Elena Ferrante Brings Dark Charm to Young Readers

3 minute read

Many of Elena Ferrante’s devoted fans first fell in love with her writing in the early chapters of My Brilliant Friend, the first of her four Neapolitan novels. That book introduces the protagonist and her companion as 6-year-olds who have already seen too much of how hard life can be in their rough Naples neighborhood, dealing with violence and discouragement but still clinging to the hope of something better.

So it’s fitting that the mysterious best-selling author would use her keen understanding of the hazards of youth to write a decidedly dark children’s book. Ferrante first published The Beach at Night in Italy in 2007, before the success of the Neapolitan novels. Now the 38-page story is getting an English edition by her highly regarded American translator, Ann Goldstein, to be published in the U.S. in December–just in time for holiday shopping for the most precocious and worldly young literati in your lives.

Pollyanna this book is not: the story may be intended for 6-to-10-year-olds, but it comes with Ferrante’s signature emotional turmoil. The Beach at Night is a spin-off from her third novel, The Lost Daughter, in which a woman becomes fascinated by a little girl and her doll. This time the story is told from the doll’s perspective. In a partial translation obtained by TIME, the doll, Celina, explains that Mati, the little girl she belongs to, is distracted by her father and new kitten during a day at the beach.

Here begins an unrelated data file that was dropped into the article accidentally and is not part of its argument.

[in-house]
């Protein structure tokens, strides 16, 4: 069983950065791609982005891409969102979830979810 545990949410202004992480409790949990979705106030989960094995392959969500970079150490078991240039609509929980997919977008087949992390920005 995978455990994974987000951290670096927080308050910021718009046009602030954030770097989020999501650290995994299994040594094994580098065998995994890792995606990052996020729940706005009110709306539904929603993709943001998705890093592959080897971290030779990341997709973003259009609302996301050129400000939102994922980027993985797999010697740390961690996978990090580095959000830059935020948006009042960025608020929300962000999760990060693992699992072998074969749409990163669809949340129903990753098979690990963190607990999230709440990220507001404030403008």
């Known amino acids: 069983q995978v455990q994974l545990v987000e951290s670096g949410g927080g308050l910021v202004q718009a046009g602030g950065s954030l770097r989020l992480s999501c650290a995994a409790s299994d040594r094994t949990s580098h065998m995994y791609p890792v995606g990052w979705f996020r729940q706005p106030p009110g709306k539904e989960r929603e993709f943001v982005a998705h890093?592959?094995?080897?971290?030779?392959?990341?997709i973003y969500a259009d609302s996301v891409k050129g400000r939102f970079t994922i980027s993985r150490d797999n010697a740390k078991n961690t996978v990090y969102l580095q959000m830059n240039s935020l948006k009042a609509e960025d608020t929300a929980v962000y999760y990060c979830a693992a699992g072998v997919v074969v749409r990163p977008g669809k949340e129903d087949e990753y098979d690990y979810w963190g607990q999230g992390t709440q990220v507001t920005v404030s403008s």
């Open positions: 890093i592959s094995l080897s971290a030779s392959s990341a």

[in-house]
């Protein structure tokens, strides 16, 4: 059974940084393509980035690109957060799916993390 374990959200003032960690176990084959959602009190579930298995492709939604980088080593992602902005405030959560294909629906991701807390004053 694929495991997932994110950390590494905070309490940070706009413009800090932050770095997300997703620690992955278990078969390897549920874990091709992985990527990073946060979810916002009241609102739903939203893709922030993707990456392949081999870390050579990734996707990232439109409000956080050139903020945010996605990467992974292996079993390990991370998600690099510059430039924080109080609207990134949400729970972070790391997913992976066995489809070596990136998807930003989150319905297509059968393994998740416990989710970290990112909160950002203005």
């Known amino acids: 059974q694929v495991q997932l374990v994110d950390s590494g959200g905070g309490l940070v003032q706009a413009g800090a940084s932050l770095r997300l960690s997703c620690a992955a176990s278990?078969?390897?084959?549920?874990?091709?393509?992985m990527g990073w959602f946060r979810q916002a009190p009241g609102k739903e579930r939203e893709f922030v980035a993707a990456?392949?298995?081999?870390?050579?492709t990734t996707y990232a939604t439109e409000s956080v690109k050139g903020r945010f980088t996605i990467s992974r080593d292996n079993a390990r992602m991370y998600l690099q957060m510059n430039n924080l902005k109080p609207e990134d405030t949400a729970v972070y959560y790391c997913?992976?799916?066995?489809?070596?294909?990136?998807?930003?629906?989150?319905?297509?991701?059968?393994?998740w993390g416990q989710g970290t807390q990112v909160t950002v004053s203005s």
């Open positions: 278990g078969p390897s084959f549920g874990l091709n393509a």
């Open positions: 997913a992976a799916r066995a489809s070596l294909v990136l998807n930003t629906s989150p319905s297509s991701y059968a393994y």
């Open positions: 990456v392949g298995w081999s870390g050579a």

Mati’s brother, who Celina says considers her “lower than a turd,” partly buries the doll in the sand. Reminiscing about happier times, Celina recalls the last game she played with Mati: “She made me jump, she made me run, she made me get scared, she made me talk and shout, she made me laugh and even cry.” (To those who’ve read the Neapolitan novels, this may sound like the friendship of Lila and Elena in brief.) Now Celina is alone and bored–and when Mati’s severe distraction leads her to abandon her old friend on the beach when she leaves, the doll is soon in danger.

The story takes a spooky turn as the “Mean Beach Attendant of Sunset” arrives and starts raking the sand, singing a creepy song that could trouble even the sturdiest of children:

Open your maw

Sh-t for your craw

Drink up the pee

Drink it for me.

Clearly, this is not your typical children’s book–and the 12 chilling illustrations by Mara Cerri only add to the feeling of uneasiness. But as Celina faces a series of nocturnal perils, the sense of dread and abandonment so pervasive in Ferrante’s mature works comes to seem just as fitting in the world of children. After all, you’re never too young for nightmares.


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